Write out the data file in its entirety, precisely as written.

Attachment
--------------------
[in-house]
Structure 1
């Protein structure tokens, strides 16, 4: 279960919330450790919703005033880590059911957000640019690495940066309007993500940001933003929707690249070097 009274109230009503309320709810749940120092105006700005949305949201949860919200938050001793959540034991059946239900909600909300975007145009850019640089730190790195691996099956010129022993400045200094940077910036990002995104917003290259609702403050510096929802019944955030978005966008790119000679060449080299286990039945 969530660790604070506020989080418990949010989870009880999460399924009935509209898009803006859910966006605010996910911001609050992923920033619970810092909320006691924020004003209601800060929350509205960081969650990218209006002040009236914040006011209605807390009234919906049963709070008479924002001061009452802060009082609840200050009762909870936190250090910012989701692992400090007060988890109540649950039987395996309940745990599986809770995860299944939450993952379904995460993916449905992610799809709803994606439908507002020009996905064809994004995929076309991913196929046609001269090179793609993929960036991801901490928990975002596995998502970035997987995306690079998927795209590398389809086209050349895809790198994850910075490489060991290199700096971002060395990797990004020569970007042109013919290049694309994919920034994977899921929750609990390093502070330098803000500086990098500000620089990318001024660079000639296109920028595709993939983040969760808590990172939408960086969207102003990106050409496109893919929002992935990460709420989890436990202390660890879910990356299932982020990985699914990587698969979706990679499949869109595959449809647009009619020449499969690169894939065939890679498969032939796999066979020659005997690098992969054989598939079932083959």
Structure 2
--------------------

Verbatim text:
[in-house]
Structure 1
């Protein structure tokens, strides 16, 4: 279960919330450790919703005033880590059911957000640019690495940066309007993500940001933003929707690249070097 009274109230009503309320709810749940120092105006700005949305949201949860919200938050001793959540034991059946239900909600909300975007145009850019640089730190790195691996099956010129022993400045200094940077910036990002995104917003290259609702403050510096929802019944955030978005966008790119000679060449080299286990039945 969530660790604070506020989080418990949010989870009880999460399924009935509209898009803006859910966006605010996910911001609050992923920033619970810092909320006691924020004003209601800060929350509205960081969650990218209006002040009236914040006011209605807390009234919906049963709070008479924002001061009452802060009082609840200050009762909870936190250090910012989701692992400090007060988890109540649950039987395996309940745990599986809770995860299944939450993952379904995460993916449905992610799809709803994606439908507002020009996905064809994004995929076309991913196929046609001269090179793609993929960036991801901490928990975002596995998502970035997987995306690079998927795209590398389809086209050349895809790198994850910075490489060991290199700096971002060395990797990004020569970007042109013919290049694309994919920034994977899921929750609990390093502070330098803000500086990098500000620089990318001024660079000639296109920028595709993939983040969760808590990172939408960086969207102003990106050409496109893919929002992935990460709420989890436990202390660890879910990356299932982020990985699914990587698969979706990679499949869109595959449809647009009619020449499969690169894939065939890679498969032939796999066979020659005997690098992969054989598939079932083959």
Structure 2